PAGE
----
Abortion-consent bill signed

04/13/2011 12:00 AM

04/13/2011 12:08 AM

TOPEKA — Gov. Sam Brownback said Tuesday that Kansas has established "life as sacred and beautiful" with new laws requiring doctors to get written permission from parents before performing abortions on minors and tightening restrictions on procedures after the 21st week of pregnancy, based on disputed claims that fetuses can feel pain.

Brownback signed the parental consent legislation surrounded by legislators who supported it and leaders of anti-abortion groups. His action came four days after he signed the fetal-pain measure, and he used the signing ceremony at the Statehouse to celebrate the enactment of both laws.

"These bills establish that Kansas, in the heart of America, is a culture-of-life state — and we're not going back," Brownback said before signing the parental-consent legislation.

Abortion rights supporters labeled the laws dangerous and extreme, arguing that they'll hurt women by limiting their access to health care. Both take effect July 1.

Abortion opponents expect another bill imposing specific regulations for abortion clinics to reach Brownback's desk after legislators return April 27 from their spring break. The bill would require annual, unannounced state inspections of the clinics, which Brownback favors.

Troy Newman, president of the anti-abortion group Operation Rescue, said the changes are long overdue for not only reducing abortions but also protecting patients.

"These are commonsense regulations that should have been put in place a decade ago," he said. "It's kind of a new day here in Kansas."

Planned Parenthood lobbyist Sarah Gillooly said its lawyers are reviewing the new laws and believe parts of them — particularly provisions in the new fetal-pain law — are unconstitutional. But she said Planned Parenthood, which performs abortions at a clinic in Overland Park, is preparing to comply with the parental consent requirements.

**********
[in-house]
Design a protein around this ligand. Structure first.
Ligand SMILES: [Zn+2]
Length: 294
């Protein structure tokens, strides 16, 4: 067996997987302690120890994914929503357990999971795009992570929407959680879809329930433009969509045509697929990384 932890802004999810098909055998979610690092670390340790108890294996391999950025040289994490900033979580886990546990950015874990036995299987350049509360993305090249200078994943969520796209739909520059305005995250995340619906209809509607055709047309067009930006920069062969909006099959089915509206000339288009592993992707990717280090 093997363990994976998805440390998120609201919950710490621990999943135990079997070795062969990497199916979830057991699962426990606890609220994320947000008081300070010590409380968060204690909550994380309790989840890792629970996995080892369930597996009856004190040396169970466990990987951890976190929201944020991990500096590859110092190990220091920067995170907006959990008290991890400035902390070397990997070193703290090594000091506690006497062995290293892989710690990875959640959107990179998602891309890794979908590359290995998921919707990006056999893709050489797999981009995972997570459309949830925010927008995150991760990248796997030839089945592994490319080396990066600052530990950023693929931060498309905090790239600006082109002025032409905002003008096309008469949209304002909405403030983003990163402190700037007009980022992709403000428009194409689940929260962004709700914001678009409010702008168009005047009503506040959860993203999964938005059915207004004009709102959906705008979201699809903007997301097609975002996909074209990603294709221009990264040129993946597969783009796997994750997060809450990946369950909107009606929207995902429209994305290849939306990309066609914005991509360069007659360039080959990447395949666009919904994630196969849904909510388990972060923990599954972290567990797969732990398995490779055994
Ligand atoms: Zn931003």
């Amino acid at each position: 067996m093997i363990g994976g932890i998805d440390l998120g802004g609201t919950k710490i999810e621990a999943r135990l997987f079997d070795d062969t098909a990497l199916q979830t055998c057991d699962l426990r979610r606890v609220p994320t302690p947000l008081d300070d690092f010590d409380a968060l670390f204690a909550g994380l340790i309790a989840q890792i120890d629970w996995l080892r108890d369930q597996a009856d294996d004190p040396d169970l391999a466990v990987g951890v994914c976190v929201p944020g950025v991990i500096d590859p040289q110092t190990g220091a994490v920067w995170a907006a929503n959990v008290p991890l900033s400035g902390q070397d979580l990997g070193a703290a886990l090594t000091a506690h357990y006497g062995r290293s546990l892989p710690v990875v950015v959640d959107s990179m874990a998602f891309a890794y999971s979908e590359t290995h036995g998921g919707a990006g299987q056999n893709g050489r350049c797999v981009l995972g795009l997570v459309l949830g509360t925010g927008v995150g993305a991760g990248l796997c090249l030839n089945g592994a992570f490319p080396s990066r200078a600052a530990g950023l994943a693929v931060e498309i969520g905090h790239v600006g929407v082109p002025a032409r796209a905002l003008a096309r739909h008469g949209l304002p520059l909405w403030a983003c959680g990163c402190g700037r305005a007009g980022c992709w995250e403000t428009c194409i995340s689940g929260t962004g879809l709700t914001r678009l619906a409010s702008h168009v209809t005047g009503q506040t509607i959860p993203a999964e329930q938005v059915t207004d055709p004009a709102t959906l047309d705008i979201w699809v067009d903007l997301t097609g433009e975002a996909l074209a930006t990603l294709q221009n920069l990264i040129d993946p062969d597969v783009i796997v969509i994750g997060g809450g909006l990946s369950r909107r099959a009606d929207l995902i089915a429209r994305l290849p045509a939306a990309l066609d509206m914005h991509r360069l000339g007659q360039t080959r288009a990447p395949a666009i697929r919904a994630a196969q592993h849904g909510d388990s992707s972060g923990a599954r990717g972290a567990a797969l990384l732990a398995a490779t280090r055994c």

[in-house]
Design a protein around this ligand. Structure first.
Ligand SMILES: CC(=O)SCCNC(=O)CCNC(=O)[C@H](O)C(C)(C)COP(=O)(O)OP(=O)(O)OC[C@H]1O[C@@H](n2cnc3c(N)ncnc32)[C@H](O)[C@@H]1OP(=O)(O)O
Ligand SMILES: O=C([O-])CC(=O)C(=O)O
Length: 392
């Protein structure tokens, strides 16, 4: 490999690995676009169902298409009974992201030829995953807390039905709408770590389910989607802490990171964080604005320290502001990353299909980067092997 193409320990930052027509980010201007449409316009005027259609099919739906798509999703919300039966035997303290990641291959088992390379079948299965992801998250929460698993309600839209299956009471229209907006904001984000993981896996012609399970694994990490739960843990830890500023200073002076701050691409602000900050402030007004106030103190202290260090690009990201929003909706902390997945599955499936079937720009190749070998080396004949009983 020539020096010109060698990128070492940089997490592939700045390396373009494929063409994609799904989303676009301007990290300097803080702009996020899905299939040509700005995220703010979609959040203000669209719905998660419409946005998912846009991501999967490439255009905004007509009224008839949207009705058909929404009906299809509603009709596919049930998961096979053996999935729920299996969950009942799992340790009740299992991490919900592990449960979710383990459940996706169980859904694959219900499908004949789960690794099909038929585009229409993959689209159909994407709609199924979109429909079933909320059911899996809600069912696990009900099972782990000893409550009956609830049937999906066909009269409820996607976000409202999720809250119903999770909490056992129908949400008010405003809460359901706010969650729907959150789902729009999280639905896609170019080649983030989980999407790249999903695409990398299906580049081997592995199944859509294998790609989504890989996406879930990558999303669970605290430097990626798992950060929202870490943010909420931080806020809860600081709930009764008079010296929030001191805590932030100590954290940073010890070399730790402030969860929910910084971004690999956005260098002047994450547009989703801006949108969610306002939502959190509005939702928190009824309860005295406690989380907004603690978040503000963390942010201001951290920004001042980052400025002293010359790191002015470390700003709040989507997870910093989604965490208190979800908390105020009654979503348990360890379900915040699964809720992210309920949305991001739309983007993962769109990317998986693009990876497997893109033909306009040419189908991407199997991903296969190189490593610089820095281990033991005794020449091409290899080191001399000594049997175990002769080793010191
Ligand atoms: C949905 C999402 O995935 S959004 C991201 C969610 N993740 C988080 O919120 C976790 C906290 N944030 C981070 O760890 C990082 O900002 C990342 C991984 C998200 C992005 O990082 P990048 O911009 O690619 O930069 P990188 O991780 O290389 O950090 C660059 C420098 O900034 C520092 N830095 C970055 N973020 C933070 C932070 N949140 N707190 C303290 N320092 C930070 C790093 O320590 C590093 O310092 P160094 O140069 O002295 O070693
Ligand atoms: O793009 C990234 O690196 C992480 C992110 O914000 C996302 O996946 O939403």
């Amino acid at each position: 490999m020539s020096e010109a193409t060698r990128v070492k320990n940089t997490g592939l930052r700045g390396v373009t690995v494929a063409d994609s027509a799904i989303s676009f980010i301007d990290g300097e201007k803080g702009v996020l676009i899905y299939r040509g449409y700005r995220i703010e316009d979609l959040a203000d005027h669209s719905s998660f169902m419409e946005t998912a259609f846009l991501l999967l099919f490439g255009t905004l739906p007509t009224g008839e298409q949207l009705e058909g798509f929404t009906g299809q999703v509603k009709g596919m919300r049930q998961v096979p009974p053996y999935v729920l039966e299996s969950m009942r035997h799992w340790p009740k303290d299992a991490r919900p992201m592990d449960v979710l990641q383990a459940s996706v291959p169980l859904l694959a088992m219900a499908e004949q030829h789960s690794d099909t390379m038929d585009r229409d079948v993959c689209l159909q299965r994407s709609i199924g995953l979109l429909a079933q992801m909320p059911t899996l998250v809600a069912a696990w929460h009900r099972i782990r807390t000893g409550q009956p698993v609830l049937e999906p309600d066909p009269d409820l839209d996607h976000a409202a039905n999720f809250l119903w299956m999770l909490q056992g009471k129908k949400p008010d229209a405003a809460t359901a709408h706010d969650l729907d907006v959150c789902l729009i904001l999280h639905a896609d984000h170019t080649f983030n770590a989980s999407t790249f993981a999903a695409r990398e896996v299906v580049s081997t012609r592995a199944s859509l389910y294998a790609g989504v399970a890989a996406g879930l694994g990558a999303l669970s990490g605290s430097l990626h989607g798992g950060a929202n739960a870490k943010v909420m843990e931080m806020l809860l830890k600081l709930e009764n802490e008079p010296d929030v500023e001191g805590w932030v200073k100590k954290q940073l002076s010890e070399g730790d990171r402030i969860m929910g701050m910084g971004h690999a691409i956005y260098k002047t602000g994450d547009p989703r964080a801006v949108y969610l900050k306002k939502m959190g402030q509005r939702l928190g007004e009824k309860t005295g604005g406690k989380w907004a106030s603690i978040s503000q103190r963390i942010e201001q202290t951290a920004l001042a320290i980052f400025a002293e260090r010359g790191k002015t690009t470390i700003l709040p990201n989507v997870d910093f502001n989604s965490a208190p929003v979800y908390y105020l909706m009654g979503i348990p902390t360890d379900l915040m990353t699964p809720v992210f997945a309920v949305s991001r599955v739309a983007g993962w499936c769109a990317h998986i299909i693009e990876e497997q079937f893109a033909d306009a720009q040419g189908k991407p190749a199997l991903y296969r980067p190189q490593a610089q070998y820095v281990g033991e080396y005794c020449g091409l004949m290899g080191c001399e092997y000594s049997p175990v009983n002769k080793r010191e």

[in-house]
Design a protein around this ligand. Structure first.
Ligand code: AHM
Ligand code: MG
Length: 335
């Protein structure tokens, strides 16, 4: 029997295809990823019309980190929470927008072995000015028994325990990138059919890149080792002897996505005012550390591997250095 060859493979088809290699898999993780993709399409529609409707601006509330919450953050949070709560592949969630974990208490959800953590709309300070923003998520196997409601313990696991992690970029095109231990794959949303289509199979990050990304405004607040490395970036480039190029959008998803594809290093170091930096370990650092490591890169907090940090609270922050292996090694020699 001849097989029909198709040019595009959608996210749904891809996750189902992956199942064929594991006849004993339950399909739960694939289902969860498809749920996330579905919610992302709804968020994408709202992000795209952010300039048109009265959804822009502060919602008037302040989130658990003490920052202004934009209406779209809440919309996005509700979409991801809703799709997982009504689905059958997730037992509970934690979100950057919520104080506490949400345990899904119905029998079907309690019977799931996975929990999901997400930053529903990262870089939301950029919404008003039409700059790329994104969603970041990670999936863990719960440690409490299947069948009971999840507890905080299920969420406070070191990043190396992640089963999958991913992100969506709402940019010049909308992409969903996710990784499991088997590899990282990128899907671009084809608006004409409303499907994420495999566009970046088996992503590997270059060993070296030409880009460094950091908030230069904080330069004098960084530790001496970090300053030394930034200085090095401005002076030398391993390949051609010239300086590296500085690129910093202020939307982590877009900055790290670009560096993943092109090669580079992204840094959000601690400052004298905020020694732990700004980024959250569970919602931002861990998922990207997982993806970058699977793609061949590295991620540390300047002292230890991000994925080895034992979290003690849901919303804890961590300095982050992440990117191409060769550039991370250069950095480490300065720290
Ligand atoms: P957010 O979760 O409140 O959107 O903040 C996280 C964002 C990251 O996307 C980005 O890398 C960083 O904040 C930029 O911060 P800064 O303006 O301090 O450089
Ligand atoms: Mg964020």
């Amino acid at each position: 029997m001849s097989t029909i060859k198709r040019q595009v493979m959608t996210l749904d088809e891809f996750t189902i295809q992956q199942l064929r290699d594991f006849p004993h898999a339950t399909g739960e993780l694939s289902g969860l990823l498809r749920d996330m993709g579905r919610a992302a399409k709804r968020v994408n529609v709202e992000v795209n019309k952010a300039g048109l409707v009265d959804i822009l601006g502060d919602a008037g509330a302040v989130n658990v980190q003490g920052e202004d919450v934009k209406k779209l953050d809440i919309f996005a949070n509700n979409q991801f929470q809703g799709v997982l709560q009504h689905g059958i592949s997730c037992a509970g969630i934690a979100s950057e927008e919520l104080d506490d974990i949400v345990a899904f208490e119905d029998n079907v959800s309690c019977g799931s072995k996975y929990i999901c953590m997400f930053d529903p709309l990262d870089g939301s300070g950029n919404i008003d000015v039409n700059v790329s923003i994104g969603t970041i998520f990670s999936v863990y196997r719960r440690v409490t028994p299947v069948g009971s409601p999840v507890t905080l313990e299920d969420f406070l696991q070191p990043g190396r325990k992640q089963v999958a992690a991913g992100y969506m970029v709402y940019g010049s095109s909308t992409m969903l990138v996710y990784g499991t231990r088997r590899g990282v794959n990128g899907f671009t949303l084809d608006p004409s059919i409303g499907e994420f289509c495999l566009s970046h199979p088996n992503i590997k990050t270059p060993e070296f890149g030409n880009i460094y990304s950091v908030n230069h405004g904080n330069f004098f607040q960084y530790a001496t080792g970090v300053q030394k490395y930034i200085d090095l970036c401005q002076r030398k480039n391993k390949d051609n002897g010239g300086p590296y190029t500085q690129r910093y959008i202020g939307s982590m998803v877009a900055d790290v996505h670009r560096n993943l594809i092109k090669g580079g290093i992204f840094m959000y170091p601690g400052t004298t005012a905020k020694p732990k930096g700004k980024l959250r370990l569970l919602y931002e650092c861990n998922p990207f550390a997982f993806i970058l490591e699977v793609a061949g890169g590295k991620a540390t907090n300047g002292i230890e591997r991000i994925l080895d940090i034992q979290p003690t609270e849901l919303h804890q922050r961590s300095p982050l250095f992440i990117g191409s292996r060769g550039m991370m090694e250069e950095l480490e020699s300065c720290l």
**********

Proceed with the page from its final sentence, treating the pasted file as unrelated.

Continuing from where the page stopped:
Brownback and other supporters believe the new laws will withstand judicial scrutiny.

"I'm not worried," Brownback said after the signing ceremony.

Peter Brownlie, president and chief executive officer of Planned Parenthood of Kansas and Mid-Missouri, accused Brownback and legislators of political posturing.

The new abortion consent law will replace a statute requiring a doctor to notify one parent before performing an abortion on a minor. Starting in July, a doctor will have to obtain consent from at least one parent or guardian in a written, notarized statement, and both if the parents are still married. However, a minor could go to court to avoid the requirement.

The bill also would allow former patients or family members to sue doctors if they have evidence that the physician violated abortion restrictions.

The new fetal-pain statute is patterned after a law enacted in Nebraska last year. It outlaws abortions after the 21st week of pregnancy unless a woman's life is in danger or she faces substantial and permanent harm to her physical health.

The new law justifies its tighter restrictions by declaring that medical evidence shows the fetus can feel pain at that point — something that supporters say has been documented by numerous studies.

But the American College of Obstetricians and Gynecologists has said it knows of no legitimate evidence showing that a fetus can experience pain. The group said certain hormones developing in the final trimester must be present for a fetus to feel pain.

The only clinic in Kansas known to have performed abortions regularly after the 21st week of pregnancy was that of physician George Tiller in Wichita. Tiller was shot to death in May 2009.

The Kansas Department of Health and Environment reported recently that only one abortion performed in Kansas in 2010 came after the 21st week of pregnancy, compared to 121 in 2009 and 323 in 2008.

Nation & World Videos

Join the Discussion

The Wichita Eagle is pleased to provide this opportunity to share information, experiences and observations about what's in the news. Some of the comments may be reprinted elsewhere on the site or in the newspaper. We encourage lively, open debate on the issues of the day, and ask that you refrain from profanity, hate speech, personal comments and remarks that are off point. Thank you for taking the time to offer your thoughts.

Terms of Service